or magnesium have carbon inserts to minimise drag. Even the badge will be airbrushed on
to save weight and reduce resistance. The aero is active too, so down here,
you've got these huge intakes on the front end with movable flaps, depending on whether you want minimum drag
or maximum cooling. Up here, we've got these vents,
these flaps in the front wheel arch, which stand to attention
in maximum-attack mode. Just like that and increase downforce
over the front axle. Moving along, we have the engine intake
sitting up here on the roof, but it's no longer flush
with the bodywork. There's actually a channel that runs
underneath it. That means you get the cleanest,
least turbulent air running into there and into your F1 engine back here. Either side of it, two NACA ducts
that funnel air into the oil coolers, and then we get to
the fin, the central spine, not only a defining characteristic
of this car, but it also improves stability
at high speeds and in the corners and cleaves the airm so when it arrives
at this wing, it's nice and clean and the wing
can work efficiently. And what about this wing? Full width,
electrically deployable. It has a wing within a wing.
How cool is that? Here in its maximum downforce mode, and down there,
the mother of all diffusers. Now there is no figure for downforce
on this car yet, only that it will produce more downforce
than a GT3 race car. Any more than that and the pressure
on the tyres would be just too intense. The first thing you notice
when you climb in is the driving position is nowhere near as
extreme as the Aston Martin Valkyrie. Yep, I've sat in that one, too,
with my feet somewhere up around my ears. Here, your feet are in line
with your hip point, which feels entirely natural. The seats are fixed to the carbon tub, so you move the wheel and pedals instead,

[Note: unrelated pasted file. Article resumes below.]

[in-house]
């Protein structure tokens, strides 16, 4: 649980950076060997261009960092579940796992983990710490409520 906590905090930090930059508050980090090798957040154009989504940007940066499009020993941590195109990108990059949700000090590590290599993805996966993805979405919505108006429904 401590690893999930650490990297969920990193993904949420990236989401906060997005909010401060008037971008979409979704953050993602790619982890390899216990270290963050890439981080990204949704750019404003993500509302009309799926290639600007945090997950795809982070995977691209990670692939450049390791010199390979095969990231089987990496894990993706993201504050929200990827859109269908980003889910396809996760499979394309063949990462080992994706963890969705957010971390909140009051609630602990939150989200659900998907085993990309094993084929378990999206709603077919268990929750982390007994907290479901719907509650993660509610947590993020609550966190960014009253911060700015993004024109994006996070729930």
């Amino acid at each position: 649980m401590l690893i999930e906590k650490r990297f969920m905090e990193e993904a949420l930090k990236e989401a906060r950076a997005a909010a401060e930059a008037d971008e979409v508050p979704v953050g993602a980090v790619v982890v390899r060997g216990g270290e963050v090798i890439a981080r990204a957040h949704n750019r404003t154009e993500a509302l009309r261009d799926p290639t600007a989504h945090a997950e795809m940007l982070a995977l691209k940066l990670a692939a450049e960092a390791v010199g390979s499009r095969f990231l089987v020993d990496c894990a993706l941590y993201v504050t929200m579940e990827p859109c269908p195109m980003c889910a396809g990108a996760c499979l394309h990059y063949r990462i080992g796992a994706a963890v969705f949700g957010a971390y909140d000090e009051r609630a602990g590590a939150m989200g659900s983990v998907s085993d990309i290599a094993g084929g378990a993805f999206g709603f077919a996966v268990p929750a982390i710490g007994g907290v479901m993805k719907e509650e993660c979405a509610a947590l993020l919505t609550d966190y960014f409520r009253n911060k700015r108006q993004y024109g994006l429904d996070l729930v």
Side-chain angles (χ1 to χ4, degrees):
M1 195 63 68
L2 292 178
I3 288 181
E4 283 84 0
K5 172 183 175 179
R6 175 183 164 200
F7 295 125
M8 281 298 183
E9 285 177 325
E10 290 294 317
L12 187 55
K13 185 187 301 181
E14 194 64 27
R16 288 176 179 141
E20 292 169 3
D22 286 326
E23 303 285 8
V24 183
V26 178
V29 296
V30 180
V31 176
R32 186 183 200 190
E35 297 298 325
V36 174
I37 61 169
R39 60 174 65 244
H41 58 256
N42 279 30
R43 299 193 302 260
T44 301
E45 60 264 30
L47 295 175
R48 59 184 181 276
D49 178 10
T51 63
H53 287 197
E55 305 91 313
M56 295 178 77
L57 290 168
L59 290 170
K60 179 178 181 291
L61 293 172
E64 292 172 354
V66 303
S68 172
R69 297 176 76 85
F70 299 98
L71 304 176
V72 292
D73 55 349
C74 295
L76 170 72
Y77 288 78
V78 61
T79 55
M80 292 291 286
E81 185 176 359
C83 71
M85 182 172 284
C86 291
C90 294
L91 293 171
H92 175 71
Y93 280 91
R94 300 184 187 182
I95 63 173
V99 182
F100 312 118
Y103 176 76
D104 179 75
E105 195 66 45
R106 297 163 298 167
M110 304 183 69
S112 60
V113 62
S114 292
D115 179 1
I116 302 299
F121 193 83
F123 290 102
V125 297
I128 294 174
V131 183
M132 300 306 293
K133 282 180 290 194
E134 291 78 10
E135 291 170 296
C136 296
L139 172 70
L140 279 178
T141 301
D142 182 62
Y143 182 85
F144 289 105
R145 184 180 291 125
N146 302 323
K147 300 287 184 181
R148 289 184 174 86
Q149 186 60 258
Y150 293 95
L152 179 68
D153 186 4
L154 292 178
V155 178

just like the Ford GT. I have to say it does feel
suitably special in here and quite comfortable as well. So what have we got? We've got
two 10-inch screens in front of us, some vents here for the aircon
and an F1-shaped steering wheel with pretty much all the controls
you need right in front of you. One of those is a dial down here that selects your driving mode, and that's
what we're going to focus on, because you will have a pure EV mode,
then you will have a range extender mode. That's when the engine is
just switched on to charge the batteries. After that, a duo all-general hybrid mode,
and after that a maximum-attack mode which you can set to maintain
the battery charge you already have or deplete everything
for that one ballsy hot lap. The stability control, it does have
an interim sport setting, if you like,
but it can be entirely switched off. Even so, I'm told this thing isn't set up
for big smokey drifts. I think I know a couple of people
who might disagree with that. Up here, you have your rear view mirror, which is fed from a camera at the base
of the rear fin. Down here, you have somewhere to put
your smartphone, and that's about it to be honest,
but come on, when you've got a thousand horsepower,
what more could you possibly need? I just can't sign off without talking
about the Aston Martin Valkyrie. For every great champion to produce
their best, they need an archrival, and the Valkyrie is just that. Both these cars are born from F1.
This a slightly more literal translation. The Valkyrie a freak from the mind
of an F1 great, but however they've got there,
what we've ended up with is two cars
with over a thousand horsepower. They're aero-obsessed, weight- obsessed, and both are designed to eviscerate
racetracks. So, just like the P1, the 918
and the LaFerrari defined their eras, well this incredible machine
and the Valkyrie are about to do the same again, albeit by taking us
to an even more extreme place. Tell you what,
it's quite a time to be alive.